I Introduction
Vehicular networks will be a pillar of tomorrow’s intelligent transportation systems (ITSs) [1]. In essence, vehicular networks allow vehicles to share traffic information and safety messages with each other, coordinate their mobility, and use high-speed Internet services. By using reliable vehicular communication links, connected vehicles can obtain situational awareness of their surrounding environment which allows them to make safer decisions, thus increasing the overall road safety. Moreover, by sharing information among different vehicles, traffic congestion can be alleviated via intelligent traffic control and management. However, to enable effective vehicular communication networks, many technical challenges must be addressed ranging from channel modeling [2] and edge computing [3] to privacy and security issues [4].
One of the most important challenges of vehicular communications is meeting stringent service requirements in terms of communication latency and reliability [5, 6, 7]. For example, when the long-term evolution (LTE) system is used to transmit hazard warning signals among vehicles, the transmission delay must be maintained below
ms and the packet reception probability should exceed 95%
[5]. Moreover, for pre-crash sensing messages, the transmission latency should be less than ms so that the driver can have enough time to react [6]. Such service requirements will become even more stringent for connected and autonomous vehicles. For instance, to guarantee the safety of automated overtaking, the communication delay between the overtaking vehicle and surrounding vehicles should be below a few tens of milliseconds as discussed in [7] and [8].To support such stringent service requirements in vehicular networks, there has been a surge of recent works that study the problem of effective resource allocation for vehicular networks [9, 10, 11, 12]. For example, the work in [9] considers the interference between cellular users and vehicular users and proposes a resource block allocation and power control algorithm to satisfy the latency and reliability requirements of vehicular users. Moreover, different from [9], a new resource allocation strategy that additionally considers the latency and reliability requirements under different modulation and coding schemes is proposed in [10]. In addition, the work in [11] proposes a proximity and quality-of-service-aware resource allocation framework to minimize the transmission power under reliability and queuing latency constraints for the vehicle-to-vehicle (V2V) communication links. Furthermore, the authors in [12] use extreme value theory to study a power minimization problem subject to both latency and reliability constraints for next-generation vehicular networks.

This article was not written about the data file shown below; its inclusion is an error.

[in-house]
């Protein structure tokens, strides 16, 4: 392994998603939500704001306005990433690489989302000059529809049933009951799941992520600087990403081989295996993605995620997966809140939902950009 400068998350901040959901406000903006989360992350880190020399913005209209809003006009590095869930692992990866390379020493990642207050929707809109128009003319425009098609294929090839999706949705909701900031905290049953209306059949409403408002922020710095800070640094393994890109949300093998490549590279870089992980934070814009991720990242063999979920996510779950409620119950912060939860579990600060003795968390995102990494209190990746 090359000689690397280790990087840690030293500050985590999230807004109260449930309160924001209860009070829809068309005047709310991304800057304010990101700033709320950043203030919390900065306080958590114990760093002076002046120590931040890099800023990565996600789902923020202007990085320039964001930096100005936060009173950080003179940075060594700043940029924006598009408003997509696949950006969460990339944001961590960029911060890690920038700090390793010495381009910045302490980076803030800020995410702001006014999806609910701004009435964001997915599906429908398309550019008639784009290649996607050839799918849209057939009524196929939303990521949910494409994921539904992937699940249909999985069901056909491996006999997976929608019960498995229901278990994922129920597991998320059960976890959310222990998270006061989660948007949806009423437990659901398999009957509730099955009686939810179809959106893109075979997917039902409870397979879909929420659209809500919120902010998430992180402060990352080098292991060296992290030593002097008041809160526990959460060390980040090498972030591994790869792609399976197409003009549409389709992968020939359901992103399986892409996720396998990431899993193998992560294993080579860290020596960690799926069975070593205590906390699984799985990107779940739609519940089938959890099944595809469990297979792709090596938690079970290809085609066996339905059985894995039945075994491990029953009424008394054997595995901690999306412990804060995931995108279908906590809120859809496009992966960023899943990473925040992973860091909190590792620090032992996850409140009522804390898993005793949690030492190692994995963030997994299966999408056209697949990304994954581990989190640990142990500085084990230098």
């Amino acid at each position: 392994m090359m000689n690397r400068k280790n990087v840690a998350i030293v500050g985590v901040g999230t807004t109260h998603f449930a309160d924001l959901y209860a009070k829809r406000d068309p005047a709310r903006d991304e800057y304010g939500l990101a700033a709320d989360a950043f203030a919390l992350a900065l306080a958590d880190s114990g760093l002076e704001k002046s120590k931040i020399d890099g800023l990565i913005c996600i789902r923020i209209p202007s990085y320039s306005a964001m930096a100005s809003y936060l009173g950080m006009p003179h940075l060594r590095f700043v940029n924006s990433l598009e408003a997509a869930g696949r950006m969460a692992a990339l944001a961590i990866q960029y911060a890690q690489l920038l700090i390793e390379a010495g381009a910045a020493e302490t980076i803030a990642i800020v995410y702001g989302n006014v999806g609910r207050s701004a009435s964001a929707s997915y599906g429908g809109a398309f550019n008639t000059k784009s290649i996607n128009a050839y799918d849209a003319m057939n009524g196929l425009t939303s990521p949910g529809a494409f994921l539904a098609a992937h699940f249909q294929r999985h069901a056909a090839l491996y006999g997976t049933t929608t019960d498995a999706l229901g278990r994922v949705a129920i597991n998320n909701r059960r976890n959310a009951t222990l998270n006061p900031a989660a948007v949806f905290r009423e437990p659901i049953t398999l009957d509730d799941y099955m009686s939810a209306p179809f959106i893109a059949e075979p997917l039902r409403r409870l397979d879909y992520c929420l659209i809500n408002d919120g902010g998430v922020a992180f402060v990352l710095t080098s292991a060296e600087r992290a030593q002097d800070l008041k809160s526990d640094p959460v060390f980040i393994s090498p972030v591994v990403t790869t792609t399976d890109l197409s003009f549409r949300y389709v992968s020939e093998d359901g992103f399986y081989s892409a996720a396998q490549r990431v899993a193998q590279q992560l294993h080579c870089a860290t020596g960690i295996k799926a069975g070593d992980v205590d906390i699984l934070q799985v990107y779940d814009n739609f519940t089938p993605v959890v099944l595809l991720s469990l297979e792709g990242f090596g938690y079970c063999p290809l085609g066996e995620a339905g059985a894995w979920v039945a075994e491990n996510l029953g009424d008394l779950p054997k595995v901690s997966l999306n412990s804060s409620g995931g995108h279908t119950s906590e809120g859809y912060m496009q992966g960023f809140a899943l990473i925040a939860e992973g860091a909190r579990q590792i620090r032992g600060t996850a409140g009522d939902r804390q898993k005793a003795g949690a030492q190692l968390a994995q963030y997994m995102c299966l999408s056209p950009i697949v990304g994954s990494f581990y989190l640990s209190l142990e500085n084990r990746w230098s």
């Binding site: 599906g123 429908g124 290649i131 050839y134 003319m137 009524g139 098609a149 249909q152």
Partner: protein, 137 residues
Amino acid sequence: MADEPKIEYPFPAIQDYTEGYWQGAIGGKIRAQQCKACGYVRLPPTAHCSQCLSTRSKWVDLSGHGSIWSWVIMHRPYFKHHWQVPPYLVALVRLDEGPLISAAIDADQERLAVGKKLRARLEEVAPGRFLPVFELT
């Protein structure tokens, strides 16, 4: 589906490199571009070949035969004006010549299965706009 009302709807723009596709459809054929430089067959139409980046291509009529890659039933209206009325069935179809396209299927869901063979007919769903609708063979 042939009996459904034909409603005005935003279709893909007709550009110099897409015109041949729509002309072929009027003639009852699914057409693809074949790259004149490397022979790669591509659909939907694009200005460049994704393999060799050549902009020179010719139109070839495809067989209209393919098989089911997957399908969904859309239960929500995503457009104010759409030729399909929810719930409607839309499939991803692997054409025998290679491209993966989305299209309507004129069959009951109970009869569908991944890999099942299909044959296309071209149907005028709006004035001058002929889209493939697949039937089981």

While interesting, the body of work in [9, 10, 11, 12] does not consider the dependence relationship between delay parameters in a vehicular network. In fact, for a group of co-existing V2V links, the transmissions will be affected by cross interference and the same set of interferers, leading to a correlation between the interference experienced by these links [13]. Such correlated interference will lead to a coupling and dependence between the communication delays for these V2V links which can then impact the overall reliability of a vehicular network. Therefore, instead of considering the wireless performance independently for co-existing V2V links, as done in [9, 10, 11, 12], there is a need to consider the dependence relationship between wireless links when optimizing the vehicular network reliability.
The main contribution of this paper is a novel dependence control mechanism that can improve the overall reliability of a vehicular network by explicitly accounting for the correlation among co-existing V2V links. In particular, we first characterize the spatial dependence between the delay parameters of concurrent V2V links. Then, we leverage the concept of a concordance order [14] from stochastic ordering theory to capture the dependence among delays and further show that a higher concordance can lead to a better overall reliability. Using such insight, we formulate a power allocation optimization problem and provide an effective solution to maximize the concordance between delay parameters, thereby improving the communication reliability of the vehicular network. Unlike the work in [15] where stochastic orders are solely used to compare the system performance over different channels, we explicitly study the concordance order and propose a power allocation strategy to control the dependence between delays so as to optimize the reliability. Furthermore, different from the work in [13] in which the spatio-temporal correlation is captured by a correlation coefficient, here, we measure the dependence based on the concordance order and propose a dependence control mechanism to improve the reliability. To the best of our knowledge, this is the first work that performs resource allocation in wireless networks to control the dependence between the delay parameters of different V2V links so as to optimize the overall reliability of a vehicular network. Simulation results validate the theoretical analysis and show that the dependence-based optimization method can yield up to % gain in terms of the overall reliability compared to a baseline without dependence control.
The rest of this paper is organized as follows. Section II presents the system model. In Section III, we introduce the concept of concordance order and use it to solve the reliability optimization problem. Section IV provides the simulation results and conclusions are drawn in Section V.
Ii System Model